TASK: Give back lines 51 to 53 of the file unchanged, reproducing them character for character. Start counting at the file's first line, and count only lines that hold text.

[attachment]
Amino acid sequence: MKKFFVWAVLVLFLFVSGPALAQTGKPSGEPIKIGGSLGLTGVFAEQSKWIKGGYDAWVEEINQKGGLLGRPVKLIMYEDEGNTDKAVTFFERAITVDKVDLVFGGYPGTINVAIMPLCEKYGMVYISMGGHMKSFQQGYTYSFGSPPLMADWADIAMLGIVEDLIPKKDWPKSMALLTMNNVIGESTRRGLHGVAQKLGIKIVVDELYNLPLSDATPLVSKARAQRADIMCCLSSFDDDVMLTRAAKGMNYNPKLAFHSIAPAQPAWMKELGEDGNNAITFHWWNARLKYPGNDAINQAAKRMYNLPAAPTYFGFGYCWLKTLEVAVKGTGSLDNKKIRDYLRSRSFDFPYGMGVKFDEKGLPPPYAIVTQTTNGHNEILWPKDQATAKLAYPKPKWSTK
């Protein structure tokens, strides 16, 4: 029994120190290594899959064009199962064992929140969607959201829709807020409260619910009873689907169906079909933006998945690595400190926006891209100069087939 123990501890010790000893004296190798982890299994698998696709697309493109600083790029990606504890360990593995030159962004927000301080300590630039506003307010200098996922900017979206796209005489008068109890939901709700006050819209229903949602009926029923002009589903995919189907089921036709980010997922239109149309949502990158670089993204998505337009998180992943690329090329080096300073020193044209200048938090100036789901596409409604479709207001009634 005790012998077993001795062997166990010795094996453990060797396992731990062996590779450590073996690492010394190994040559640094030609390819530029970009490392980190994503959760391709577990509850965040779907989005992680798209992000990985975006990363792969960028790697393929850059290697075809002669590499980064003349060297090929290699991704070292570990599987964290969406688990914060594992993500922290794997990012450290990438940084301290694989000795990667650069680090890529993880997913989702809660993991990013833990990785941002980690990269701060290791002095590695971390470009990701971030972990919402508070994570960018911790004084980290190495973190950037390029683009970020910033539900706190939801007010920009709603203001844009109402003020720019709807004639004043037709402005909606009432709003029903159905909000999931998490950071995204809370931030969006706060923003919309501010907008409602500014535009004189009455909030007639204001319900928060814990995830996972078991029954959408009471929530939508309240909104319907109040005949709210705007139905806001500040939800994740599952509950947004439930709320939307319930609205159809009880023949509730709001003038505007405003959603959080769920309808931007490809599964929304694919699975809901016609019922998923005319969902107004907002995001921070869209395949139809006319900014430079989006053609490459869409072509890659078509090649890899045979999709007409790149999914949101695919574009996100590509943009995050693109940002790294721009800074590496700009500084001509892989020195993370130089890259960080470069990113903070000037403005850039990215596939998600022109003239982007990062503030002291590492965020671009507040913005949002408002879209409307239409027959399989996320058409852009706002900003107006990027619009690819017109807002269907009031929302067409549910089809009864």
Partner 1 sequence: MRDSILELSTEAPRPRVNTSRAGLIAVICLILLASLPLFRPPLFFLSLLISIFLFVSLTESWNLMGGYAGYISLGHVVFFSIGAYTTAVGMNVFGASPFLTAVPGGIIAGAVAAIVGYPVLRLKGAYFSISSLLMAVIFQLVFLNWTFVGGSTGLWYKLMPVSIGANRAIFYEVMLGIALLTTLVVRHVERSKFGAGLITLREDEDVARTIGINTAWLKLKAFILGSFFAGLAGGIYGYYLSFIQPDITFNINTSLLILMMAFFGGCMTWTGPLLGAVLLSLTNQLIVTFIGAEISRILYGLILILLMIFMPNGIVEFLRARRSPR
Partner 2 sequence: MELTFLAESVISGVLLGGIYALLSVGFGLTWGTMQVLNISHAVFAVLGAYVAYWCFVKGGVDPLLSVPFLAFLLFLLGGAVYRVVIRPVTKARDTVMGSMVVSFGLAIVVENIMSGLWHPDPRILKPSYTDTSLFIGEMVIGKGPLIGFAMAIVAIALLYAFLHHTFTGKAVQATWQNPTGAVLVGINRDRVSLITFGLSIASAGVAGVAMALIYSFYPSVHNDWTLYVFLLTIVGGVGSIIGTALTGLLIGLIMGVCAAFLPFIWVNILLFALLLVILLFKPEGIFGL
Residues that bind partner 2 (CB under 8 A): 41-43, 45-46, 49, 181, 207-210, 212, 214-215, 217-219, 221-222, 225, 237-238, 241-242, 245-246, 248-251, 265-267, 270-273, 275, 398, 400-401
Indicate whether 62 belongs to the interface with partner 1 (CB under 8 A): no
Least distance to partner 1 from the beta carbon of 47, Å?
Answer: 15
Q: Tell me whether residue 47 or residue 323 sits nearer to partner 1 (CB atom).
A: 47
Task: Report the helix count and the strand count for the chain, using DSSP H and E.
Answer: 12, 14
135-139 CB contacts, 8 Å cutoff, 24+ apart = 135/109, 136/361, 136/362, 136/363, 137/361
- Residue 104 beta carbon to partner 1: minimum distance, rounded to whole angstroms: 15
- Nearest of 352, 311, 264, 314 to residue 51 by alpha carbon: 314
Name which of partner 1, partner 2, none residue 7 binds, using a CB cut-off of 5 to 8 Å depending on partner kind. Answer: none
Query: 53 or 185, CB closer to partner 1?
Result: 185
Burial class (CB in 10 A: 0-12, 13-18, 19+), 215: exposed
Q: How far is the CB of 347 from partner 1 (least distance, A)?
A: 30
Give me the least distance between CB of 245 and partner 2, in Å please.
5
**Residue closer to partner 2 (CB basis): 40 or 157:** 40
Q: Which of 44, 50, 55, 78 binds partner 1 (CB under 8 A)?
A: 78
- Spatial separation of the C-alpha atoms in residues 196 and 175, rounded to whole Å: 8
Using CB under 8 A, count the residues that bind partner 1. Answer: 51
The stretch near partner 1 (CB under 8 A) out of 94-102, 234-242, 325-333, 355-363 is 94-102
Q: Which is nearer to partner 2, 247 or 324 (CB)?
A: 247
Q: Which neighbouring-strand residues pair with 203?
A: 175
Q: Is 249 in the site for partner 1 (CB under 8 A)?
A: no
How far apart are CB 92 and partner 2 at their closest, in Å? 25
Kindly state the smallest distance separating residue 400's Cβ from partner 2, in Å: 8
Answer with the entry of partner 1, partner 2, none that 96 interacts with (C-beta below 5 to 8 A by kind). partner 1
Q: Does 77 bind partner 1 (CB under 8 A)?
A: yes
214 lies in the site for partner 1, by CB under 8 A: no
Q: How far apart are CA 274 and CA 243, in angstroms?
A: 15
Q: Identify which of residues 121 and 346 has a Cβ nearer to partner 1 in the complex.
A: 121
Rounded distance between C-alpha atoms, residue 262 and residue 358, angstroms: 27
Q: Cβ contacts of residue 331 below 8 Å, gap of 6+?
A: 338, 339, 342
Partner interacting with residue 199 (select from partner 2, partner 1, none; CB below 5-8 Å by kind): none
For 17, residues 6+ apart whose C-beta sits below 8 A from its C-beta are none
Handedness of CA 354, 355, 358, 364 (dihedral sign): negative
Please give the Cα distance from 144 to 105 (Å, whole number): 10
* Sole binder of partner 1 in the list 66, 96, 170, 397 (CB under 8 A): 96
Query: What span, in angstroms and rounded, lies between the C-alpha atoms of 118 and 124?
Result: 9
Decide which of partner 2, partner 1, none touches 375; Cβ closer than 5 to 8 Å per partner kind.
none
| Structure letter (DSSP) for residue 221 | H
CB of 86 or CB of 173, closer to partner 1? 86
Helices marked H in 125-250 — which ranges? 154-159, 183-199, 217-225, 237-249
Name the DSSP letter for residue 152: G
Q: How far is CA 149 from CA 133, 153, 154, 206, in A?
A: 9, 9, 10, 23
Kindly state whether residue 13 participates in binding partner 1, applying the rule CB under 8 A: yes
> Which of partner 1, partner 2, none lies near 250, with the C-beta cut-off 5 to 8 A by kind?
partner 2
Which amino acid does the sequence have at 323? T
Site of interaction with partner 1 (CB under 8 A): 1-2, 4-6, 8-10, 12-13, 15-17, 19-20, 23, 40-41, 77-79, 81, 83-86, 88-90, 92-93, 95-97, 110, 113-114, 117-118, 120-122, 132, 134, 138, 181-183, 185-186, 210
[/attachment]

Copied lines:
Handedness of CA 354, 355, 358, 364 (dihedral sign): negative
Please give the Cα distance from 144 to 105 (Å, whole number): 10
* Sole binder of partner 1 in the list 66, 96, 170, 397 (CB under 8 A): 96